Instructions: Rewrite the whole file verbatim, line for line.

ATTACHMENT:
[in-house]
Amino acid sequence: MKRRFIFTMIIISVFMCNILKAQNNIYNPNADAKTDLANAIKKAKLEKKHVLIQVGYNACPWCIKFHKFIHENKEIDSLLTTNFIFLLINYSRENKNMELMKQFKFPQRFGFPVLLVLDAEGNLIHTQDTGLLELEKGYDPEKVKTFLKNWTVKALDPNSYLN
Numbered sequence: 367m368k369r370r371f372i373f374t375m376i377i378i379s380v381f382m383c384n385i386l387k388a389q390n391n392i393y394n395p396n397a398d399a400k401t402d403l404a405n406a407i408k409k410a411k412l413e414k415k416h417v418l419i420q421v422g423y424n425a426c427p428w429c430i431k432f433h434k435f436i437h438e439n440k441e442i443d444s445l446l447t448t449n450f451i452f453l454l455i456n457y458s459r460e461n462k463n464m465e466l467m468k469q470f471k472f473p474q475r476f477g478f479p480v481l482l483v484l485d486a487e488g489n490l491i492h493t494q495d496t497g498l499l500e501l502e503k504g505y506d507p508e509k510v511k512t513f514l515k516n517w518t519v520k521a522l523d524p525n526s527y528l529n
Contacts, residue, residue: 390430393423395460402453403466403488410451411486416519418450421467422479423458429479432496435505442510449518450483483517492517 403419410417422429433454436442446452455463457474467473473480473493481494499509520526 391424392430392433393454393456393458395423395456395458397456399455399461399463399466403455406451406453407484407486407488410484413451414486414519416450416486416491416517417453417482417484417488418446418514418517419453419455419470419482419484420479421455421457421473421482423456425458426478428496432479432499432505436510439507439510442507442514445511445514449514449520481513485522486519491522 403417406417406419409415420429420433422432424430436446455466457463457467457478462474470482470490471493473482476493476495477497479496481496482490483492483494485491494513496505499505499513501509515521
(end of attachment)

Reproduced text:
[in-house]
Amino acid sequence: MKRRFIFTMIIISVFMCNILKAQNNIYNPNADAKTDLANAIKKAKLEKKHVLIQVGYNACPWCIKFHKFIHENKEIDSLLTTNFIFLLINYSRENKNMELMKQFKFPQRFGFPVLLVLDAEGNLIHTQDTGLLELEKGYDPEKVKTFLKNWTVKALDPNSYLN
Numbered sequence: 367m368k369r370r371f372i373f374t375m376i377i378i379s380v381f382m383c384n385i386l387k388a389q390n391n392i393y394n395p396n397a398d399a400k401t402d403l404a405n406a407i408k409k410a411k412l413e414k415k416h417v418l419i420q421v422g423y424n425a426c427p428w429c430i431k432f433h434k435f436i437h438e439n440k441e442i443d444s445l446l447t448t449n450f451i452f453l454l455i456n457y458s459r460e461n462k463n464m465e466l467m468k469q470f471k472f473p474q475r476f477g478f479p480v481l482l483v484l485d486a487e488g489n490l491i492h493t494q495d496t497g498l499l500e501l502e503k504g505y506d507p508e509k510v511k512t513f514l515k516n517w518t519v520k521a522l523d524p525n526s527y528l529n
Contacts, residue, residue: 390430393423395460402453403466403488410451411486416519418450421467422479423458429479432496435505442510449518450483483517492517 403419410417422429433454436442446452455463457474467473473480473493481494499509520526 391424392430392433393454393456393458395423395456395458397456399455399461399463399466403455406451406453407484407486407488410484413451414486414519416450416486416491416517417453417482417484417488418446418514418517419453419455419470419482419484420479421455421457421473421482423456425458426478428496432479432499432505436510439507439510442507442514445511445514449514449520481513485522486519491522 403417406417406419409415420429420433422432424430436446455466457463457467457478462474470482470490471493473482476493476495477497479496481496482490483492483494485491494513496505499505499513501509515521